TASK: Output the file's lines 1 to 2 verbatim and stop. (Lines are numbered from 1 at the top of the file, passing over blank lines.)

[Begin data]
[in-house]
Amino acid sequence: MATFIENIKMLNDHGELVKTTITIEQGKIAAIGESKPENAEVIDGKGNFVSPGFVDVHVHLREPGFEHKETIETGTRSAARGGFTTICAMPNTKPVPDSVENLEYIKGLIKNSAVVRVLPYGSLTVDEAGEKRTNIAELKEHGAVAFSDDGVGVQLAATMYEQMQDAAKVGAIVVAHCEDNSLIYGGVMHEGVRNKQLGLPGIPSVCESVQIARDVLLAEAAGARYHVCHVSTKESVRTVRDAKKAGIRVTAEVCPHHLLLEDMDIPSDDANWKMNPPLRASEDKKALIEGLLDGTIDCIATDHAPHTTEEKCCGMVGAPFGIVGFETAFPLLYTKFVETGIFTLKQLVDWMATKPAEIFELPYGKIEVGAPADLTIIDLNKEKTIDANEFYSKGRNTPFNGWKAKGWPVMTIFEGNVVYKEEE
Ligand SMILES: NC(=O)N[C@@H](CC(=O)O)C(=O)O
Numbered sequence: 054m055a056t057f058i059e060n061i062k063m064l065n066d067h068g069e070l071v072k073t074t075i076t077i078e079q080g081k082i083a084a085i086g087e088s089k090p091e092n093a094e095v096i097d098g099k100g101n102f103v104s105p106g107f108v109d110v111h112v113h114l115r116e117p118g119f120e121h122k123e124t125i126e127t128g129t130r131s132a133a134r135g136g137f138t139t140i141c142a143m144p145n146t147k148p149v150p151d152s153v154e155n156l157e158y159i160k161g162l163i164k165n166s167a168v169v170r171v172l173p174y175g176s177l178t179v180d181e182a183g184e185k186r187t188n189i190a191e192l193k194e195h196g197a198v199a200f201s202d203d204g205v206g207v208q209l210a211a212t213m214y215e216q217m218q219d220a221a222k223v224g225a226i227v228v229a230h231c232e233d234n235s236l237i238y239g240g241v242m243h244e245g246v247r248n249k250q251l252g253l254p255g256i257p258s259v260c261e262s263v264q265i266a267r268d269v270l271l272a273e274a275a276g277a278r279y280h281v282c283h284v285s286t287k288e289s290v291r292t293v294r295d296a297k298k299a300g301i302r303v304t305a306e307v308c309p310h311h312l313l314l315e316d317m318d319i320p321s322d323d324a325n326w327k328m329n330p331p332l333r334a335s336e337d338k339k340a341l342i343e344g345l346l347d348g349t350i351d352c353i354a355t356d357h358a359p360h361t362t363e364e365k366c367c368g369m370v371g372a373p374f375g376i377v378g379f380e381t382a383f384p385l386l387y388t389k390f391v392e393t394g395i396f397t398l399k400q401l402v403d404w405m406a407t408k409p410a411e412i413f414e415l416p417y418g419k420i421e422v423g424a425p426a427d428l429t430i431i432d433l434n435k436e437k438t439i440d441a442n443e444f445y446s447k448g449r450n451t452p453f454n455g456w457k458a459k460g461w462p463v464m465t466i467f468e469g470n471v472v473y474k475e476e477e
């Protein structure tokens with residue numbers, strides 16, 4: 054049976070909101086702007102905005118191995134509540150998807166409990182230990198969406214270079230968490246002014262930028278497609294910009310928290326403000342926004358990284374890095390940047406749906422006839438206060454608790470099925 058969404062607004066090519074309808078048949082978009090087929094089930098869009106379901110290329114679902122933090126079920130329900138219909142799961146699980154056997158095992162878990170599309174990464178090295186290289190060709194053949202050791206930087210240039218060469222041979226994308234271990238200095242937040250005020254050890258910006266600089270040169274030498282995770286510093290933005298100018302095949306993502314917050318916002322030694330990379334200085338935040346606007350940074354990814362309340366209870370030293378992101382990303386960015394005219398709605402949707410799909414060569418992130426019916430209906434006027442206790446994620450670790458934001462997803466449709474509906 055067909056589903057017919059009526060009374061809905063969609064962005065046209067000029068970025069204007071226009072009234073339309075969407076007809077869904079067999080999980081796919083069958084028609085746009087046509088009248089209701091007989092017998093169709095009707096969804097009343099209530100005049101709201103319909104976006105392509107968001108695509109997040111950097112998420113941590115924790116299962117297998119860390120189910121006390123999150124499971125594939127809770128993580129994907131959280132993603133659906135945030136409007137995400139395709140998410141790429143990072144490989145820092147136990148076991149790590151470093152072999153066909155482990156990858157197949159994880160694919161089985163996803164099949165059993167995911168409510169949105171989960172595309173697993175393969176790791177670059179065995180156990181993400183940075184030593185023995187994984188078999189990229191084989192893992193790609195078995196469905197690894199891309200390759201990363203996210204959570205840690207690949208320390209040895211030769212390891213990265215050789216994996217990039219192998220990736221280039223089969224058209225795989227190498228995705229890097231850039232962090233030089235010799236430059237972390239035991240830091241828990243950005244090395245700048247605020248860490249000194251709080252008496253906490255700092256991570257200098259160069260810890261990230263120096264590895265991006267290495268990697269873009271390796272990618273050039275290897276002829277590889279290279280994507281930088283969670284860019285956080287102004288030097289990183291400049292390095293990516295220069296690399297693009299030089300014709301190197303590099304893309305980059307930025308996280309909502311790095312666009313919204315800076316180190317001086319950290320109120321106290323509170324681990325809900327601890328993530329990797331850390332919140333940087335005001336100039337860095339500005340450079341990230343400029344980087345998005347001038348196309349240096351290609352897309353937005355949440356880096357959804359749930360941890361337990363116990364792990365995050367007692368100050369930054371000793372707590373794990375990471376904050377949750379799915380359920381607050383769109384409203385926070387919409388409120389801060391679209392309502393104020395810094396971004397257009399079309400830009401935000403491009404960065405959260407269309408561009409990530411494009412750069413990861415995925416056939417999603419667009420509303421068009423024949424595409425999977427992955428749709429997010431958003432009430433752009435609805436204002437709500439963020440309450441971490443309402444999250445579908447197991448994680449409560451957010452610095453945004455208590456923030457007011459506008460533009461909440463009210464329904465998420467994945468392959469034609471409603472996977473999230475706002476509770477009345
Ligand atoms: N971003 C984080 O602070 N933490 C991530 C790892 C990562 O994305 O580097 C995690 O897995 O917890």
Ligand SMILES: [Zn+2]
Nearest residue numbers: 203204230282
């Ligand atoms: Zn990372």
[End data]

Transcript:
[in-house]
Amino acid sequence: MATFIENIKMLNDHGELVKTTITIEQGKIAAIGESKPENAEVIDGKGNFVSPGFVDVHVHLREPGFEHKETIETGTRSAARGGFTTICAMPNTKPVPDSVENLEYIKGLIKNSAVVRVLPYGSLTVDEAGEKRTNIAELKEHGAVAFSDDGVGVQLAATMYEQMQDAAKVGAIVVAHCEDNSLIYGGVMHEGVRNKQLGLPGIPSVCESVQIARDVLLAEAAGARYHVCHVSTKESVRTVRDAKKAGIRVTAEVCPHHLLLEDMDIPSDDANWKMNPPLRASEDKKALIEGLLDGTIDCIATDHAPHTTEEKCCGMVGAPFGIVGFETAFPLLYTKFVETGIFTLKQLVDWMATKPAEIFELPYGKIEVGAPADLTIIDLNKEKTIDANEFYSKGRNTPFNGWKAKGWPVMTIFEGNVVYKEEE